Gasper breathed a sigh of relief. Black Dog wouldn’t return after just four nights if he didn’t achieve his purpose. Everything was going in the right direction so far. He stood up, waiting a few moments until a small procession came into his view. Black Dog was in the lead, followed by two well-armed men, who Gasper knew were the representatives. A number of bandits came and followed the three to the cabin. Gasper noticed a furious frown on Black Dog’s face. It didn’t bode well that the bandit chief was fuming even after having his proof.
Gasper waited until Black Dog reached his cabin, then listened to the whispers of the dispersed procession of bandits that confirmed his thoughts. Black Dog had indeed found his proof. A rider from the Viscount had arrived at the Big Mountain camp again, and apparently, something else had happened too. Gasper tried to find out what it was but didn’t have much luck.
It didn’t take long for him to hear a loud argument coming from the chief’s cabin. There were some furious yells and howls, easy to recognize as Black Dog’s, coming out of the cabin. It took a while for the bandit chief to vent his anger. Then Gasper saw the two representatives coming out of the cabin with ugly faces.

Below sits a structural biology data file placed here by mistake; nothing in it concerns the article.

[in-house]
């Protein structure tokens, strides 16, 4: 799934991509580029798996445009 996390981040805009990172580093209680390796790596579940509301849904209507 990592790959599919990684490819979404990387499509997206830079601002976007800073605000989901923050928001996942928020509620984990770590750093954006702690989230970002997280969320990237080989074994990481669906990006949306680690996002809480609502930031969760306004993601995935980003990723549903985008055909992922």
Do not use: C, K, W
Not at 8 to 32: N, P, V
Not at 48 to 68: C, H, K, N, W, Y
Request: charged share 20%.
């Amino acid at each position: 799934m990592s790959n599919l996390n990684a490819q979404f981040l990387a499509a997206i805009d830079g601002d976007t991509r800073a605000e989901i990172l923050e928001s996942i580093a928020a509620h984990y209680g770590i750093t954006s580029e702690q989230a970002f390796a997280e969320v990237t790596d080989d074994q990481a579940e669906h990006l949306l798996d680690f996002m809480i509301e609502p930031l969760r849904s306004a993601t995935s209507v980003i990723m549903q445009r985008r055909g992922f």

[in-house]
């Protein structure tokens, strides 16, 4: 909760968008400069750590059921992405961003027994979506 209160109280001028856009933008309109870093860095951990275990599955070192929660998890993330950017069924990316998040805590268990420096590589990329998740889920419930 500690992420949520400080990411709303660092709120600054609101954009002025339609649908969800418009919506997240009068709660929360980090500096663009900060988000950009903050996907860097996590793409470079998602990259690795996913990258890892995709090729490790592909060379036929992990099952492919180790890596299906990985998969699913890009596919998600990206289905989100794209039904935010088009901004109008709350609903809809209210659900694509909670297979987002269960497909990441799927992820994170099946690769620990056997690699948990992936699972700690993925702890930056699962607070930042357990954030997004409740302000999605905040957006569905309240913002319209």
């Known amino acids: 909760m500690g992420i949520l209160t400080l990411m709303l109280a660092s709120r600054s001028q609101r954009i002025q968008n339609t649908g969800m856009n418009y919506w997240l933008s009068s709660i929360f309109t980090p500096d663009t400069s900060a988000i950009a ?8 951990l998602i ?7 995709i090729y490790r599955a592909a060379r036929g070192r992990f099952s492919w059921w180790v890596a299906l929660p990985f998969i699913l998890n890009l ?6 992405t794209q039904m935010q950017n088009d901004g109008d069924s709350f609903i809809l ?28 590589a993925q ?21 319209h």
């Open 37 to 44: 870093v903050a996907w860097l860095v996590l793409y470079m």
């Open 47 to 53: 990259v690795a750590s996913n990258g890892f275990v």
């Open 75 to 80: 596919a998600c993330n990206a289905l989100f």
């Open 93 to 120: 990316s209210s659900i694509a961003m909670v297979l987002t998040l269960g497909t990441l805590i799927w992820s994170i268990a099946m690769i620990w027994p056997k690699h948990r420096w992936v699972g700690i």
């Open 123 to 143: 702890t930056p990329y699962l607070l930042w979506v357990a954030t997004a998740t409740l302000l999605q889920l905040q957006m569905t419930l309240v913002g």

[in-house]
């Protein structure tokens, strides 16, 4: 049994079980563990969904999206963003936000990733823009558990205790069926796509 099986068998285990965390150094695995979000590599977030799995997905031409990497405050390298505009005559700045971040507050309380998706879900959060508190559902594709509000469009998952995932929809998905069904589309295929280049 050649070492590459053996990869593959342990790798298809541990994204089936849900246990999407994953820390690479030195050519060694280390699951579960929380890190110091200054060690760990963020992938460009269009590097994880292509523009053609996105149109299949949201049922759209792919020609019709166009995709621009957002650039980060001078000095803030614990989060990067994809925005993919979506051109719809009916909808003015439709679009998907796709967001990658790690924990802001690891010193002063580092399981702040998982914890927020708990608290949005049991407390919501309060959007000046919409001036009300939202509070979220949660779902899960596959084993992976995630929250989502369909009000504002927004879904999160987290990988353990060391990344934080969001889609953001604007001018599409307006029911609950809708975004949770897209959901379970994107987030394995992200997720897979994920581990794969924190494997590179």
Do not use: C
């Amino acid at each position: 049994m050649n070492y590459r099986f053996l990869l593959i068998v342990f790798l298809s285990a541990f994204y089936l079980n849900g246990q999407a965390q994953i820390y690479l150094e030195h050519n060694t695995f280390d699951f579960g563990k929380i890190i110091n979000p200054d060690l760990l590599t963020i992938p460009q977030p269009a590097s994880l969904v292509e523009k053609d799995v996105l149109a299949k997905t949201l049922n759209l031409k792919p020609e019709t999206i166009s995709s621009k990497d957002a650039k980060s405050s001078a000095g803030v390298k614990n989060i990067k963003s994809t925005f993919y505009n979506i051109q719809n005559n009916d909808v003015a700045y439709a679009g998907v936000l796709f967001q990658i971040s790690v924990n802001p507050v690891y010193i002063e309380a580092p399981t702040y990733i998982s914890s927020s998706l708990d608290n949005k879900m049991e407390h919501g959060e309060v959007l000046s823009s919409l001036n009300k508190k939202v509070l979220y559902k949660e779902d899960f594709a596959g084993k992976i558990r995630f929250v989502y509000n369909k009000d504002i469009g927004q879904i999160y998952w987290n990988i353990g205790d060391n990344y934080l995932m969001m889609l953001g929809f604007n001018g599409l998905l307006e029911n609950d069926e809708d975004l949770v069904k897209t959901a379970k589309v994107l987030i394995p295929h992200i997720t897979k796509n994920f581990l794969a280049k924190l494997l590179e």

“Gasper,” Yellow Dog yelled as he opened the cabin’s door from within. “The chief wants you.”
“Yes,” Gasper yelled back and trotted towards the cabin.
When he finally entered, he saw Black dog standing in a semicircle of lieutenants. “Those shits in the north think that they can stop me,” the bandit chief growled. “They’re out of excuses and now they want to delay it as much as possible. They’re probably hoping that Big Mountain will notice something and prepare for me. That way we’ll both wipe each other out and leave the east empty for them.”
Fire Dog snorted. He was the only other ranked Warrior in the crew aside from Black Dog. He was an Earth Warrior with peculiar orange eyes and Black Dog’s second in command. “If the east is ever empty, it will fall in the Silver crew’s hand, not anyone else’s,” he said.
“It doesn’t matter,” Black Dog frowned. “The east will never be empty. It will be ours, no matter what. They asked for proof and they saw the rider. They even forced me to visit Big Mountain’s camp and talk to that fucking ape over there.”
There were a few gasps of surprise at the last words Black Dog said. “You visited the camp?” Yellow Dog asked.